frozen hard drive

What not to do…

If you have engine failure in your car, do you immediately turn to the internet to look for ‘how to fix my car’s engine?’ Maybe so, but do you then attempt to take the valve cover off yourself and replace the valves and head gasket yourself even though you have never done anything like that in your life? Not likely.

Do you ever self-diagnose medical problems on the internet? I know I do, but I have yet to try to perform surgery on myself.

So why do so many people try basically the same thing with their hard drive?

Bottom line: If your data is really valuable, do not tinker or try internet tricks on your drive. And here is why…

Over the last 10 years or so, we have seen so many homemade attempts at data recovery that you might not believe us.

In one case we received a drive for recovery that had the case pried up with a screwdriver because the client did not have the right tools to open the drive. (You shouldn’t do this anyways without a clean room, even if you have the right tools)  The drive was covered in the clients dried blood because his attempt to pry open the drive must have resulted in gashing himself with the screwdriver. And that wasn’t the only thing that was gashed. When he used the screwdriver to pry open the drive, he put gashes in the surface of the platters. Result = UNRECOVERABLE. This drive had a very high potential for recovery if the client had not tinkered with it.

Here is another case that is very common. There is a myth going around the internet that if you have a failing drive, the best thing to do is put it in the freezer, then once it is nicely chilled (like a fine wine), hook it up and start copying the data. Well, we have seen our fair share of unsuccessful attempts at this as well.  A drive recently came to us that was producing very odd symptoms for a drive if its type. We opened the drive in our clean room, and the platters were covered with droplets of water.  We called the client to see if the drive was in a flood, and he said no, but he did put the drive in the freezer. See, what happens when you put the drive in the freezer is the same thing that happens to a coke can when you take it out of its cold environment and enter it into a warm one. It sweats.  Hard Drive’s operate at a much higher temperature that a coke can, as you can imagine, so the condensation builds up very fast. Couple this with sending the drive through the mail when temperatures are freezing outside and you then can refreeze the water that built up inside of the drive. In other words, water + electronic components + platters spinning at 7200rpm = BAD. In some cases, we can still recover the data, however, usually at a much higher cost than if they had not tinkered in the first place.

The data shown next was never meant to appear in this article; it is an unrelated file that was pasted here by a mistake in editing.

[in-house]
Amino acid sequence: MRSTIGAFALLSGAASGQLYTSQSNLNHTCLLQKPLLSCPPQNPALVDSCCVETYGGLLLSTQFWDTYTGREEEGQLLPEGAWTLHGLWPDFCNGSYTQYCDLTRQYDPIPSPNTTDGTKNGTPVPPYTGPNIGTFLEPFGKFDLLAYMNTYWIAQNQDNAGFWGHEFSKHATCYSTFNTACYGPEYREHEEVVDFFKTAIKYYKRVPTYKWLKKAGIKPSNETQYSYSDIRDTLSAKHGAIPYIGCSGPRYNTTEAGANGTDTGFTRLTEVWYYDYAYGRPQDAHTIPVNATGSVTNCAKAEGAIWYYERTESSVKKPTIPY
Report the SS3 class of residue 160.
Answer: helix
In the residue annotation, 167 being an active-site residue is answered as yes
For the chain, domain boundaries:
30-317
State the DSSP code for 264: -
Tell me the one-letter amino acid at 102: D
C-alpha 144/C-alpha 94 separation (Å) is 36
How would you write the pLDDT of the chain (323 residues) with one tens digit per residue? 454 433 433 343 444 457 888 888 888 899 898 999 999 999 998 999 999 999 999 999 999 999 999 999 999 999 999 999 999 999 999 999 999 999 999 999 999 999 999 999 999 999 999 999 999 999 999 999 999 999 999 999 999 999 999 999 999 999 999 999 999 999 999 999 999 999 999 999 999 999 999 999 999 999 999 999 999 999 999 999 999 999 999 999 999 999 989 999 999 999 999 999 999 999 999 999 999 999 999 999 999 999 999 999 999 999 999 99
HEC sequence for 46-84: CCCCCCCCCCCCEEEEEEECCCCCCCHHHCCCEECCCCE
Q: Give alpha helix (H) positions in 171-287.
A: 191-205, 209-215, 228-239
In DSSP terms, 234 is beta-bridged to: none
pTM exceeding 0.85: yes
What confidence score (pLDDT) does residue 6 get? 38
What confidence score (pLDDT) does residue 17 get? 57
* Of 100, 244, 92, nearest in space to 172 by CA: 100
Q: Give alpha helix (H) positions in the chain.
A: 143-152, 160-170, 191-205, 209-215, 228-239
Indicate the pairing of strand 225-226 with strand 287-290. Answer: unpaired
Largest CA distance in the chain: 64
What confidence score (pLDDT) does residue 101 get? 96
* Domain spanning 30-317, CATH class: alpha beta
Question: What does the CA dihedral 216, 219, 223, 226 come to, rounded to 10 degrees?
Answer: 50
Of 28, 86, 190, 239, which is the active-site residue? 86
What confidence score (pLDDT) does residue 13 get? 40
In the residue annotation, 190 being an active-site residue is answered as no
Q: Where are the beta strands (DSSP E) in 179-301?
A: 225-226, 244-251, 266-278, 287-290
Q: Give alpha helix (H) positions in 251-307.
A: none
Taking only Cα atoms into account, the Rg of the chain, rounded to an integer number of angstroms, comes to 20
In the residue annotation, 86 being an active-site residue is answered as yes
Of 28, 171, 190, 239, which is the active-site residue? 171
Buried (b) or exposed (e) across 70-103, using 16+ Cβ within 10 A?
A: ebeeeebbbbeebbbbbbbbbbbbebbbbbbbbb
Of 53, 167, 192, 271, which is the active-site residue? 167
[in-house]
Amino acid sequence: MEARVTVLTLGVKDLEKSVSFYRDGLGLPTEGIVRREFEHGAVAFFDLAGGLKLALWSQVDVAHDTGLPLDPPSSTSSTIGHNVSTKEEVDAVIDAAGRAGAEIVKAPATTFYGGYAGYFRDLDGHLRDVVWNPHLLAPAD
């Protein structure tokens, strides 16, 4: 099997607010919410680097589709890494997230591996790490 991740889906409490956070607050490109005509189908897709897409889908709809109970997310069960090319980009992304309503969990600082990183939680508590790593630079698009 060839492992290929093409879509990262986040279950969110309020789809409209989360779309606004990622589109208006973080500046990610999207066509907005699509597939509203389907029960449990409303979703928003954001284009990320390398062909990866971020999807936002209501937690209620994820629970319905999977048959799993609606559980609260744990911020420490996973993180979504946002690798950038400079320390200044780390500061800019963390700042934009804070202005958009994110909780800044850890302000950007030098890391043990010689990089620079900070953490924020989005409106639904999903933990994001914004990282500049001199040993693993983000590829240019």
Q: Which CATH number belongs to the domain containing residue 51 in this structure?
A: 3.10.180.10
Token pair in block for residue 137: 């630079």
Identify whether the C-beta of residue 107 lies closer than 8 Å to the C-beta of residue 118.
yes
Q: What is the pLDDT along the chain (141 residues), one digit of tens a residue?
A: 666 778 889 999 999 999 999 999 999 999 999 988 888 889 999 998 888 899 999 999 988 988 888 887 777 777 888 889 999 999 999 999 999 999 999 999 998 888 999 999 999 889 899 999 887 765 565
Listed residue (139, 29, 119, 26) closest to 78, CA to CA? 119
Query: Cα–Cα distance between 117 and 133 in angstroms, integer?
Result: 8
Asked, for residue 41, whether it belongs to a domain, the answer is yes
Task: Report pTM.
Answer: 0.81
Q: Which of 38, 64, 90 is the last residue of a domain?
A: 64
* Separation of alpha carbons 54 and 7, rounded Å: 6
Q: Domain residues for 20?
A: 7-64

It isn’t only the physical hard drive problems that ‘Do it yourselfers’ have. We have had countless cases of people installing over-the-counter recovery software on the same drive that they deleted data on, ruining any chances of recovery.  When you delete a file, any subsequent writing of data on the drive can potentially overwrite the area of the drive that the deleted data lies on. If this happens, chances of recovery are impossible.

So in retrospect, is it really worth making a professional’s job harder (and more costly) and potentially ruining the chances of recovery if the data is irreplaceable? I say no, but that’s not going to stop most of us from tinkering.

Remember, before you attempt recovery yourself, give us a chance. We offer a completely risk-free evaluation and you may be surprised that data recovery doesn’t cost as much as you thought.